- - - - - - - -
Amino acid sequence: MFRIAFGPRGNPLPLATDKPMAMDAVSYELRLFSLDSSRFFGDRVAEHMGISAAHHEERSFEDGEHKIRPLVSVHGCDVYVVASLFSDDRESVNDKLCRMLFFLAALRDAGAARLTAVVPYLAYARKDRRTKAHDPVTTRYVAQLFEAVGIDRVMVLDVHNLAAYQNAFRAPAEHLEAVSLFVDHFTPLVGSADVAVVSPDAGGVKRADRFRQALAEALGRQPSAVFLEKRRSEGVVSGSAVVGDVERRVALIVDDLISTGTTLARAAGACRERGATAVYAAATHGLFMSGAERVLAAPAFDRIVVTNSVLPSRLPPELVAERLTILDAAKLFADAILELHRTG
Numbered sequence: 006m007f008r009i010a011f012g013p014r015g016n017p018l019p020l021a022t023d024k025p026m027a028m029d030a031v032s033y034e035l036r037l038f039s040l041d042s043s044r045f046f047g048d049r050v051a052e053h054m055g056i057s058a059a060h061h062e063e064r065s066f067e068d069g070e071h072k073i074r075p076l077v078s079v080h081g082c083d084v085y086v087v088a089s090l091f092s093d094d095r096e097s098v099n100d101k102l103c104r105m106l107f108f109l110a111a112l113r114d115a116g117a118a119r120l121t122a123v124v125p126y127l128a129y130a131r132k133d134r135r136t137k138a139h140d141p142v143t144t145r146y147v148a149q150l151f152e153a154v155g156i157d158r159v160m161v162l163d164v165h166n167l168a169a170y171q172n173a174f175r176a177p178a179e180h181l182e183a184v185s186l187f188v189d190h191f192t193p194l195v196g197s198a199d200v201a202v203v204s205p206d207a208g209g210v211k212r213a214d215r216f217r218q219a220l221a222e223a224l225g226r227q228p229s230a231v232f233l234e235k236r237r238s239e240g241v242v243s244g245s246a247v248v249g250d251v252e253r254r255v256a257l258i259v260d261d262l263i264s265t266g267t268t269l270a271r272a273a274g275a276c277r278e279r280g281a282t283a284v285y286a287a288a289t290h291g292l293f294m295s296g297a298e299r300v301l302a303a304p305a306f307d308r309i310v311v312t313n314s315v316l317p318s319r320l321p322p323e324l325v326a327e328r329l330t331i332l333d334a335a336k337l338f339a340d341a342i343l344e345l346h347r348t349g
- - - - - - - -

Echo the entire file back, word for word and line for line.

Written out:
Amino acid sequence: MFRIAFGPRGNPLPLATDKPMAMDAVSYELRLFSLDSSRFFGDRVAEHMGISAAHHEERSFEDGEHKIRPLVSVHGCDVYVVASLFSDDRESVNDKLCRMLFFLAALRDAGAARLTAVVPYLAYARKDRRTKAHDPVTTRYVAQLFEAVGIDRVMVLDVHNLAAYQNAFRAPAEHLEAVSLFVDHFTPLVGSADVAVVSPDAGGVKRADRFRQALAEALGRQPSAVFLEKRRSEGVVSGSAVVGDVERRVALIVDDLISTGTTLARAAGACRERGATAVYAAATHGLFMSGAERVLAAPAFDRIVVTNSVLPSRLPPELVAERLTILDAAKLFADAILELHRTG
Numbered sequence: 006m007f008r009i010a011f012g013p014r015g016n017p018l019p020l021a022t023d024k025p026m027a028m029d030a031v032s033y034e035l036r037l038f039s040l041d042s043s044r045f046f047g048d049r050v051a052e053h054m055g056i057s058a059a060h061h062e063e064r065s066f067e068d069g070e071h072k073i074r075p076l077v078s079v080h081g082c083d084v085y086v087v088a089s090l091f092s093d094d095r096e097s098v099n100d101k102l103c104r105m106l107f108f109l110a111a112l113r114d115a116g117a118a119r120l121t122a123v124v125p126y127l128a129y130a131r132k133d134r135r136t137k138a139h140d141p142v143t144t145r146y147v148a149q150l151f152e153a154v155g156i157d158r159v160m161v162l163d164v165h166n167l168a169a170y171q172n173a174f175r176a177p178a179e180h181l182e183a184v185s186l187f188v189d190h191f192t193p194l195v196g197s198a199d200v201a202v203v204s205p206d207a208g209g210v211k212r213a214d215r216f217r218q219a220l221a222e223a224l225g226r227q228p229s230a231v232f233l234e235k236r237r238s239e240g241v242v243s244g245s246a247v248v249g250d251v252e253r254r255v256a257l258i259v260d261d262l263i264s265t266g267t268t269l270a271r272a273a274g275a276c277r278e279r280g281a282t283a284v285y286a287a288a289t290h291g292l293f294m295s296g297a298e299r300v301l302a303a304p305a306f307d308r309i310v311v312t313n314s315v316l317p318s319r320l321p322p323e324l325v326a327e328r329l330t331i332l333d334a335a336k337l338f339a340d341a342i343l344e345l346h347r348t349g